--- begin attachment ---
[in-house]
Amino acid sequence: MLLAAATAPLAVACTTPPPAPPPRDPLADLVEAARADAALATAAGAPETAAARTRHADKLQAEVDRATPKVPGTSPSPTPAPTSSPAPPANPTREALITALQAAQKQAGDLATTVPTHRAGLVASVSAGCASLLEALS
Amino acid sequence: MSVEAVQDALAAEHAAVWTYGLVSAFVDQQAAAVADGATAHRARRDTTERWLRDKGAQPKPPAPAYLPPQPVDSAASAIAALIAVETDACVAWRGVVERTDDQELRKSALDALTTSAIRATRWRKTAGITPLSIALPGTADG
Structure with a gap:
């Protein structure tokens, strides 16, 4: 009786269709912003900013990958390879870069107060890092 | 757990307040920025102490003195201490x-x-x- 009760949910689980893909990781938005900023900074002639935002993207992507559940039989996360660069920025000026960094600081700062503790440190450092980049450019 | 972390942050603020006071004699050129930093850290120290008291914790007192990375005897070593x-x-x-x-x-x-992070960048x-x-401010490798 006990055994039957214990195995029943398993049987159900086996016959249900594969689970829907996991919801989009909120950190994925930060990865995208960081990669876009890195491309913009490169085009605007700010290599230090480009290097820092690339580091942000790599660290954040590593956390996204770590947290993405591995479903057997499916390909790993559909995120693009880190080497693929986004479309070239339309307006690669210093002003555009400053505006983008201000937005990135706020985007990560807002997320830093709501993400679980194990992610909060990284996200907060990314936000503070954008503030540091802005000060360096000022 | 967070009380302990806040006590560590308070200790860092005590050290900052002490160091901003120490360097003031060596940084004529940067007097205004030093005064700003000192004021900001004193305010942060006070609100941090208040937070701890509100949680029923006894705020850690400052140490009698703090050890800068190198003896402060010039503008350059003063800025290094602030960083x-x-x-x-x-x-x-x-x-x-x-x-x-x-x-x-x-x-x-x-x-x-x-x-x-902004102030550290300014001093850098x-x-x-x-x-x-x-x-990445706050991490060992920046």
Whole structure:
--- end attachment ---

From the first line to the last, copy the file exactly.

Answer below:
[in-house]
Amino acid sequence: MLLAAATAPLAVACTTPPPAPPPRDPLADLVEAARADAALATAAGAPETAAARTRHADKLQAEVDRATPKVPGTSPSPTPAPTSSPAPPANPTREALITALQAAQKQAGDLATTVPTHRAGLVASVSAGCASLLEALS
Amino acid sequence: MSVEAVQDALAAEHAAVWTYGLVSAFVDQQAAAVADGATAHRARRDTTERWLRDKGAQPKPPAPAYLPPQPVDSAASAIAALIAVETDACVAWRGVVERTDDQELRKSALDALTTSAIRATRWRKTAGITPLSIALPGTADG
Structure with a gap:
């Protein structure tokens, strides 16, 4: 009786269709912003900013990958390879870069107060890092 | 757990307040920025102490003195201490x-x-x- 009760949910689980893909990781938005900023900074002639935002993207992507559940039989996360660069920025000026960094600081700062503790440190450092980049450019 | 972390942050603020006071004699050129930093850290120290008291914790007192990375005897070593x-x-x-x-x-x-992070960048x-x-401010490798 006990055994039957214990195995029943398993049987159900086996016959249900594969689970829907996991919801989009909120950190994925930060990865995208960081990669876009890195491309913009490169085009605007700010290599230090480009290097820092690339580091942000790599660290954040590593956390996204770590947290993405591995479903057997499916390909790993559909995120693009880190080497693929986004479309070239339309307006690669210093002003555009400053505006983008201000937005990135706020985007990560807002997320830093709501993400679980194990992610909060990284996200907060990314936000503070954008503030540091802005000060360096000022 | 967070009380302990806040006590560590308070200790860092005590050290900052002490160091901003120490360097003031060596940084004529940067007097205004030093005064700003000192004021900001004193305010942060006070609100941090208040937070701890509100949680029923006894705020850690400052140490009698703090050890800068190198003896402060010039503008350059003063800025290094602030960083x-x-x-x-x-x-x-x-x-x-x-x-x-x-x-x-x-x-x-x-x-x-x-x-x-902004102030550290300014001093850098x-x-x-x-x-x-x-x-990445706050991490060992920046």
Whole structure: